In September I mentioned an article about a road trip from Coventry to Munich in the Jaguar XJ-S and I said I would write a bit more about it. Finally.
Motor Sport were curious as to whether Jaguar’s claims to have made a car that would frighten Mercedes and Ferrari were valid. They initially tested the car (Oct ’75) in the Cotswolds which is not really a place to stretch the legs of a sporting grand tourer. A better test was to take it 2,435 miles on a trip that led to Munich. The Motor Sport people addressed two points in their article. One, quantitative. With three people (did they really put someone in the back?), luggage and 20 gallons of Super they achieved 150.1 miles per hour. “We know of no other car in the world which wouldfulfil these conditions with such smoothness and silence”. Second, qualitative. They call the car “aesthetically ugly” (but “aerodynamically brilliant”).
This part is worth quoting at length: “It is the sort of performance which allowed us to leave Munich post-breakfast at 8.55 a.m., lose a couple of hours shopping and eating and another couple of hours crossing the Channel and have the three of us deposited in our beds, though still quite fresh, as far apart as Hertfordshire, Essex and Berkshire, some 800 road miles distant, by midnight the same day.”
The main part of the trip took six days. They visited Ford’s Competitions Department in Cologne, Neuheusel, Opel at Ruesselsheim, Porsche and Mercedes in Stuttgart and BMW in Bavaria.
They noted the car lacked a light in the glove box. Fuel consumption hovered at 14 mpg and the exterior door mirror was not adjustable from inside the car. With characteristic attention to detail the man from Alpina spotted the plastic gaiter on the gearlever. “That should be leather,” he said.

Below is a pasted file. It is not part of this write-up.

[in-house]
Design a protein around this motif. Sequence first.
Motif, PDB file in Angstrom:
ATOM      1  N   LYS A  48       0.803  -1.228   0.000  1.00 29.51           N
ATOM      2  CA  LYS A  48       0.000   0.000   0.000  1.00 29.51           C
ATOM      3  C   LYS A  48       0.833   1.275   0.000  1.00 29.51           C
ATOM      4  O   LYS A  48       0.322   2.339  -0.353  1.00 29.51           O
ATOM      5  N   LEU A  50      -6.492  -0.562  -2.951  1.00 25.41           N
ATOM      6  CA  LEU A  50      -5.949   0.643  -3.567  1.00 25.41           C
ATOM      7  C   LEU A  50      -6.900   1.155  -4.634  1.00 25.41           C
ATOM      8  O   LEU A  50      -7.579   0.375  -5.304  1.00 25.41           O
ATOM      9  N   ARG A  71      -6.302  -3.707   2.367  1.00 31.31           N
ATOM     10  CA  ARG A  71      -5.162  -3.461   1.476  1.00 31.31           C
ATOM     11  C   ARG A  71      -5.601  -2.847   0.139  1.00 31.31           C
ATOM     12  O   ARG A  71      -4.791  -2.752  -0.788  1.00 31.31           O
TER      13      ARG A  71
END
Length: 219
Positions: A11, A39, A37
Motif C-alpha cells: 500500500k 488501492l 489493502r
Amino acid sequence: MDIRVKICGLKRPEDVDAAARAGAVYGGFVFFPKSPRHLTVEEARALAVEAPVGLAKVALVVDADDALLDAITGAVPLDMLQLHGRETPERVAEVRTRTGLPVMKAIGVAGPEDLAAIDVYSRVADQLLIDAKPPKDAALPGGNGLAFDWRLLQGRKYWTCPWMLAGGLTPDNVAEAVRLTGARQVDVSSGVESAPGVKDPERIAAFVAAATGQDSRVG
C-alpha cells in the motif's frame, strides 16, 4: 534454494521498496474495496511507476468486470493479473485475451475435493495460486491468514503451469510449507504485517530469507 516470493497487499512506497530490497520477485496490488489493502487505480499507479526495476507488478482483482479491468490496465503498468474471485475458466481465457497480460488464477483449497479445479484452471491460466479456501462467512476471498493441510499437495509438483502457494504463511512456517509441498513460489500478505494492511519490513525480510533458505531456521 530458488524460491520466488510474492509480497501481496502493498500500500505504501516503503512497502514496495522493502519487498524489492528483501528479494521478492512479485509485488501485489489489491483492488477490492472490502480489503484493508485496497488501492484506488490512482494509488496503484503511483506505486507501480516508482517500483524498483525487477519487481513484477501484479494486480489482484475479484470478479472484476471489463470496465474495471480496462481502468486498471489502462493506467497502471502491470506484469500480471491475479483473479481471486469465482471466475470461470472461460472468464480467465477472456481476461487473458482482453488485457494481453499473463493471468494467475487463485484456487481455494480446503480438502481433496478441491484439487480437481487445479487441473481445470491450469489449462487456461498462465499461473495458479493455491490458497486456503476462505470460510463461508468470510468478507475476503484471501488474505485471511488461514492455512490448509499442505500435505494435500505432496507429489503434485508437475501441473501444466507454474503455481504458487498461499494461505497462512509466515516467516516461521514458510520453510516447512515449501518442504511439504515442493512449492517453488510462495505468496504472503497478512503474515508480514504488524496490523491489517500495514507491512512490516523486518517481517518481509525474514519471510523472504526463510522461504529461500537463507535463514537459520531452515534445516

What I get out of the article – apart from a rush of nostalgia because I would love to have seen Cologne in the 1970s – is that the car had huge underlying strengths. The speed and refinement were first-rate. Second and third-rate were the fit and finish and attention to details such as lamps, seatbelt position and overall quality.
The car came up in a conversation over dinner I had with two design academics recently. One of them absolutely hated it. He had no time for the car’s appearance and simply judged it to be an outright failure. The other fellow, a lecturer in design of many years standing, accepted my view that despite the car’s strange collision of forms, it is likeable. The rear of the car says Citroen, the profile of the bonnet is British and the front end is Italian. In spite of that, it is a car of great interest and still works as an aesthetic object. It ought not to and I can see that it could have been better.
I think the mixed view of we three diners: outright dislike and moderated acceptance says a lot. I can see why the other fellow disliked the car. That does not stop me saying an argument can be made, especially in the light of the car’s immense performance, that it is okay to like and indeed love the XJ-S. In a world of rather anonymous and impersonal designs, the idiosyncrasy of the XJ-S makes it worth defending. But intrinsically, the design is a fascinating set of forms that ought not to work but does.